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Donald Trump becomes first world leader to meet Japan’s new Emperor Naruhito

Emperor Naruhito ascended the Chrysanthemum Throne on May 1, marking the beginning of a new era in the Japanese timeline -the Reiwa era.

May 27, 2019 17:21 IST
Donald Trump becomes first world leader to meet Japan’s new Emperor Naruhito

US President Donald Trump on May 26, 2019 created history by becoming the first foreign leader to meet Japan’s newly crowned emperor, Emperor Naruhito at Japan's Imperial Palace.

Emperor Naruhito ascended the Chrysanthemum Throne on May 1, marking the beginning of a new era in the Japanese timeline -the Reiwa era. This followed the abdication by his father, Emperor Akihito. Emperor Akihito, who abdicated his throne on April 30, 2019, became the first Japanese emperor to do so since 1817.

Trump- Emperor Naruhito first meeting: Key Highlights

The US President and first lady Melania Trump kicked off their formal visit to Japan with greetings with Emperor Naruhito and Empress Masako. The President is on a four-day visit to Japan.

Upon his landing, he was treated to a large welcome ceremony replete with military bands and a group of school children waving US-Japanese flags.

In the outdoor ceremony, Trump and the first lady, stood on a platform as the national anthems of the two countries were performed. Trump was then received with a guard of honour.

The ceremony was attended by Emperor Naruhito and the empress along with Japanese Prime Minister Shinzo Abe and his wife Akie and other imperial family members.

The US President then had a palace visit in the morning, followed by a royal banquet in the evening, hosted by the emperor.

Trump also made a visit to the Japanese state guest house for meetings and held discussions with Japanese Prime Minister Shinzo Abe.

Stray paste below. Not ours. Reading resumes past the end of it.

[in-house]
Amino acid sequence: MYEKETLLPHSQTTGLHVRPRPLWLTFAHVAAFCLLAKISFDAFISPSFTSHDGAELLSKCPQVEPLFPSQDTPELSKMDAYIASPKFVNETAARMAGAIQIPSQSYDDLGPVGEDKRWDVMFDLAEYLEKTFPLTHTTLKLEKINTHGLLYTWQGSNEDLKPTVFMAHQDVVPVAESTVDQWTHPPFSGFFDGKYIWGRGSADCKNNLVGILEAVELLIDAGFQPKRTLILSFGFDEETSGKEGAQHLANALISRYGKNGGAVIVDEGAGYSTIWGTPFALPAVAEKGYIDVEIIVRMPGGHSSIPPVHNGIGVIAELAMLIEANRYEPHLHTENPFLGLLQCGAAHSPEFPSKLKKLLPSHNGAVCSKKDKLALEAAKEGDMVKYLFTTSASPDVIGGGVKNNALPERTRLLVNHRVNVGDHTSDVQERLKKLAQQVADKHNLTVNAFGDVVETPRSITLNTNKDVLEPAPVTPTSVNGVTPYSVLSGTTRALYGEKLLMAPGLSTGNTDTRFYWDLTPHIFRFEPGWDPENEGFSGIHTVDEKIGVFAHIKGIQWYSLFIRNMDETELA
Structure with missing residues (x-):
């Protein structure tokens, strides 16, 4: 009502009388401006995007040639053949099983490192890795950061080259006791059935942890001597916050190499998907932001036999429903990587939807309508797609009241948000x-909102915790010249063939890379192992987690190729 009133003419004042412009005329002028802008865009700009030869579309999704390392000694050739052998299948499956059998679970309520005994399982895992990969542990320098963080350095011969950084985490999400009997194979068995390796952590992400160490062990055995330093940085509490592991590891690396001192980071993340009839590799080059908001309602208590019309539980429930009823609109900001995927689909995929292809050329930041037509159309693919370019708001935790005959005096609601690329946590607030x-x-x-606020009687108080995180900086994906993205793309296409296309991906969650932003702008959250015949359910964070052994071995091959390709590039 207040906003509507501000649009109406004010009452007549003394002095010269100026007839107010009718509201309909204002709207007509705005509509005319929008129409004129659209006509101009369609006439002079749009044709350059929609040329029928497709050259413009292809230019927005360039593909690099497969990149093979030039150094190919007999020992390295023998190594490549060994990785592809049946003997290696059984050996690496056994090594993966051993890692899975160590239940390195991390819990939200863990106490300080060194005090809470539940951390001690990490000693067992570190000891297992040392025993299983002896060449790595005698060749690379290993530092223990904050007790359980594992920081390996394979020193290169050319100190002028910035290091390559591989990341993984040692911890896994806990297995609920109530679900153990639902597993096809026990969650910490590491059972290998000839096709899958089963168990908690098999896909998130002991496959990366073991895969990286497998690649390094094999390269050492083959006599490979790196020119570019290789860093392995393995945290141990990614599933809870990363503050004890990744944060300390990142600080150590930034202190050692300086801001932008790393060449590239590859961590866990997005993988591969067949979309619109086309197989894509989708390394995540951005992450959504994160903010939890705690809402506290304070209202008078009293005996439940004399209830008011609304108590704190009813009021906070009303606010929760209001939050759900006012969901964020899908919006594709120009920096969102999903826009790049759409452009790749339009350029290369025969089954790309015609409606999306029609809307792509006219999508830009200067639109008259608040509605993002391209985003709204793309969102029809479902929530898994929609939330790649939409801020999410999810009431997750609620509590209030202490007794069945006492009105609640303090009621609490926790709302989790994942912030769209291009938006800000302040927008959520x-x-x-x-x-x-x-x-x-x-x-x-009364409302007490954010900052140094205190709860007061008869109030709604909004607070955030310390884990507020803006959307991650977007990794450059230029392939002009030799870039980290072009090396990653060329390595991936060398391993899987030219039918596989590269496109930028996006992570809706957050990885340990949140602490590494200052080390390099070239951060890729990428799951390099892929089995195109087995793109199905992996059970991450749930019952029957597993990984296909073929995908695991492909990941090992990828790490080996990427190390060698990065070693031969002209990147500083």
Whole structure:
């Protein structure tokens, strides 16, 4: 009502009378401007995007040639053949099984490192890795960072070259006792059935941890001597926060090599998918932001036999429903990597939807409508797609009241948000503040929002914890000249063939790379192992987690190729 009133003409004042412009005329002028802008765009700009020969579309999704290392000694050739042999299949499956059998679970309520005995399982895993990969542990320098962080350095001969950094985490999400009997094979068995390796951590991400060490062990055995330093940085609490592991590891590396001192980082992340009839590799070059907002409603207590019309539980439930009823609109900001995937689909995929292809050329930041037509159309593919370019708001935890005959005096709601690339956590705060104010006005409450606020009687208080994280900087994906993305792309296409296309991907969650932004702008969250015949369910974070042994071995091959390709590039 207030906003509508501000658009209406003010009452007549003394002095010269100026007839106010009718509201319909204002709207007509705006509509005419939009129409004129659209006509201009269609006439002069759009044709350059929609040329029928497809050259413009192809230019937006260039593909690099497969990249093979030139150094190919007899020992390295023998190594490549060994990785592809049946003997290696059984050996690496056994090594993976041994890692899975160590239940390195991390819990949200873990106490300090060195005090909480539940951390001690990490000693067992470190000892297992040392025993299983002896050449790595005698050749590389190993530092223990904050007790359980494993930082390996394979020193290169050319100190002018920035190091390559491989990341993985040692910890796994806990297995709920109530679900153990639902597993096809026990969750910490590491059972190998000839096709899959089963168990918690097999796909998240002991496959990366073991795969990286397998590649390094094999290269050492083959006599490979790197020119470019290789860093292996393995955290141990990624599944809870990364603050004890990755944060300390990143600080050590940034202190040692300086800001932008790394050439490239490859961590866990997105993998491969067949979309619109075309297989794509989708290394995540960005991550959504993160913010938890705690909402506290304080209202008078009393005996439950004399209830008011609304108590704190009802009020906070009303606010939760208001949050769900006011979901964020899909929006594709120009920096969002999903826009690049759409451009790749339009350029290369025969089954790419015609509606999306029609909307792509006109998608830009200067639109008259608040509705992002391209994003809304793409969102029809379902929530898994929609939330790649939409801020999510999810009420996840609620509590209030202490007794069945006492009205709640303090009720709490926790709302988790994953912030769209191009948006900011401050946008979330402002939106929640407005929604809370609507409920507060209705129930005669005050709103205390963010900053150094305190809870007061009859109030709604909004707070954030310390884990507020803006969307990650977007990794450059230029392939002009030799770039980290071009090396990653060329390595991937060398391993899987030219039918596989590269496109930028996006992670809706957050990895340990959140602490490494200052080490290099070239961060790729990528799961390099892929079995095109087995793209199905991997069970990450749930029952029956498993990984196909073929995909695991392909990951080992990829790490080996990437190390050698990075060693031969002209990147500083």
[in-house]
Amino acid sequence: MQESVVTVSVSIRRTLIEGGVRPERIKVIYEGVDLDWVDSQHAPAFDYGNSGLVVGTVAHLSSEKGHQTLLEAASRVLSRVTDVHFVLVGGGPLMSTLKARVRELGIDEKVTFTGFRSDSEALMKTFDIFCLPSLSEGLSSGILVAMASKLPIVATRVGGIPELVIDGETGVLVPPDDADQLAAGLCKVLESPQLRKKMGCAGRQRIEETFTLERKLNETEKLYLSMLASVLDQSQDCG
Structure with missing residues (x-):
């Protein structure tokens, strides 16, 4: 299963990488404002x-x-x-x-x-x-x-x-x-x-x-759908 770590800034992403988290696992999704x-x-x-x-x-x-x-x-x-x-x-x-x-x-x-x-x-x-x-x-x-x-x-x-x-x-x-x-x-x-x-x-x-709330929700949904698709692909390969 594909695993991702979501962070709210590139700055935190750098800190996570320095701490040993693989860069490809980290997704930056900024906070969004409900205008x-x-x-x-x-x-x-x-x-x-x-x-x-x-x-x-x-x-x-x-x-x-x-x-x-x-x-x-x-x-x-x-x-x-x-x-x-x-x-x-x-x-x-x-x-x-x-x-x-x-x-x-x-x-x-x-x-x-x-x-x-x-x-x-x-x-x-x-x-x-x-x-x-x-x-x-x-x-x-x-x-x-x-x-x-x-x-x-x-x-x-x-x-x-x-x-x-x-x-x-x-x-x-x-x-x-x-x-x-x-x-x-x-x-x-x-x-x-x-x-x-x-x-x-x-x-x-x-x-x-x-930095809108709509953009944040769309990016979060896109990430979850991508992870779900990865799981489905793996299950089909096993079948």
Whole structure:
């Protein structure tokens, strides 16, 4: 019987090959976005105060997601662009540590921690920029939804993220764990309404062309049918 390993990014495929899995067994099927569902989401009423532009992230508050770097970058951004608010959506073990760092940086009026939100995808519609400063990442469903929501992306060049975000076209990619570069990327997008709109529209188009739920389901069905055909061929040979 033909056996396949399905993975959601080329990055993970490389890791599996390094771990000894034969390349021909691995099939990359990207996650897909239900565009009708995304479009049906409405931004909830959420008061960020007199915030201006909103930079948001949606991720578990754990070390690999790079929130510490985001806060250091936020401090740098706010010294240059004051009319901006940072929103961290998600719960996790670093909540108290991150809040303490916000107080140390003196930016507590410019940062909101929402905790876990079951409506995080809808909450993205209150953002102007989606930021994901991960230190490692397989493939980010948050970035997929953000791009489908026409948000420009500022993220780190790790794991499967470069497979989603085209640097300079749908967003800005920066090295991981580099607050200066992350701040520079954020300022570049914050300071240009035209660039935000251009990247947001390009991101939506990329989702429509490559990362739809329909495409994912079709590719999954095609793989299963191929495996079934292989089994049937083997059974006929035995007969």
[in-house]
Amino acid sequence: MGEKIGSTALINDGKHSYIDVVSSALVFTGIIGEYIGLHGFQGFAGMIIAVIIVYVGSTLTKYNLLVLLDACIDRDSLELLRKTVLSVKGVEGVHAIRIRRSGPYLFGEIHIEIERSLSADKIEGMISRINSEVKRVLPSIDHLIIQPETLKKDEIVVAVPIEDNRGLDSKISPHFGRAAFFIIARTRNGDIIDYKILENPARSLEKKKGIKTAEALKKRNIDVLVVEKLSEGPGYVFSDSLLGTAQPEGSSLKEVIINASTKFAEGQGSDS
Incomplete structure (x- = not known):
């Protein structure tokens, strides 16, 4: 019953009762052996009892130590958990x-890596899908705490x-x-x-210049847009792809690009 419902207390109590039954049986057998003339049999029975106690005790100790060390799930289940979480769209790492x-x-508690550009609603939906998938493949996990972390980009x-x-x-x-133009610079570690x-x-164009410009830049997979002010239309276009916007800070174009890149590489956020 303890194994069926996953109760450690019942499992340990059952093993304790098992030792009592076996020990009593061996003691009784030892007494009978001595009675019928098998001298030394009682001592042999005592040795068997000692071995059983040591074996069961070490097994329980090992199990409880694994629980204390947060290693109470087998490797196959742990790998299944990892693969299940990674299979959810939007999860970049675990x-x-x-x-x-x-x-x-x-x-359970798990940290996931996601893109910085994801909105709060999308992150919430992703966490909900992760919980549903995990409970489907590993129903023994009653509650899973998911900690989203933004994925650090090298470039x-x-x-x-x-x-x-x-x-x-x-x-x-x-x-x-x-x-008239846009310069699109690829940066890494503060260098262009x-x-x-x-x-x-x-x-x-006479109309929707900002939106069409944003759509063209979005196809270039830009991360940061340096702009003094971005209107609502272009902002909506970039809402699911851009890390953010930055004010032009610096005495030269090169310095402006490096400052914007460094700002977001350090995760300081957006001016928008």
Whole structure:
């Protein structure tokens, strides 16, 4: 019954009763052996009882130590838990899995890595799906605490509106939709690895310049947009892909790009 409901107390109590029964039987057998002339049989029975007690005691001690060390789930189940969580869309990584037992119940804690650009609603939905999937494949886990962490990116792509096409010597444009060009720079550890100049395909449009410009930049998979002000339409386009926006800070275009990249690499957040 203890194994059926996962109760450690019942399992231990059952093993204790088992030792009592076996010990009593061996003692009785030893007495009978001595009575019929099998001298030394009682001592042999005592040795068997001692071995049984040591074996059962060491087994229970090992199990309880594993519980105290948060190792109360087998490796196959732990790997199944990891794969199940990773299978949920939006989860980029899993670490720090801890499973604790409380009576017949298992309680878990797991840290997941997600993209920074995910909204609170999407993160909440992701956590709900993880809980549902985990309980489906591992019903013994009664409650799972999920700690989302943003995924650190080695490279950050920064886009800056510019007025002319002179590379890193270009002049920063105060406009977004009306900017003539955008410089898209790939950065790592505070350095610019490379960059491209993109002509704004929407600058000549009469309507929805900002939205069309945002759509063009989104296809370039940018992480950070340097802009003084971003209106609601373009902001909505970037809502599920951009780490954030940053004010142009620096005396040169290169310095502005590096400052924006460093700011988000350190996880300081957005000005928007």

Trump is also expected to address troops at a US base in Japan, highlighting the military alliance between the two allies.

Speaking on his meeting with the emperor, Trump called it a very important event in the history of Japan.

US-Japan Bilateral Talks

The main issues that were taken up for discussion during the bilateral talks between the two nations include trade, military ties, efforts to curb North Korea’s nuclear weapons programme and the growing trade war between the US and China.

Recently, as per reports, North Korea had conducted some missile tests. Trump addressed ongoing speculation about North Korea’s nuclear weapons programme by saying that lots of good things will come with North Korea. “We’ve come a long way. There’s a good respect built, maybe a great respect built between certainly the United States and North Korea,” said Trump.

Trump had also previously downplayed North Korea’s missile tests by tweeting, “North Korea fired off some small weapons, which disturbed some of my people, and others, but not me.” He asserted that he had confidence that Chairman Kim will keep his promise made to him.

Further, Japanese PM Shinzo Abe brought up the issue of Japanese people, who as per Japan were abducted by North Korea, and said that a face-to-face meeting with the North Korean leader was the only way to resolve the issue, however, the north has not shown much interest in the matter. Japan suspects that dozens of Japanese, who are still missing, were abducted by North Korean agents in 1970s and 80s to train their own spies in Japanese language and culture.

Further, Trump railed against the trade imbalance between the world's top and third-largest economies and vowed to make the relationship fairer. The two leaders agreed to accelerate two-way trade talks.

However, much of the US-Japan deal is expected to be held off until Abe faces upper house elections, which are likely to be held in July. As per reports, Abe is expected to combine the upper house elections with a snap general election.

Another key agenda of discussion included arms sales to Japan. Trump confirmed that Japan has been considering the option of revamping its air force with advanced US F-35 stealth warplanes.

Trump also welcomed the Japanese Prime Minister’s offer to pursue a dialogue with Iran to help defuse mounting tensions.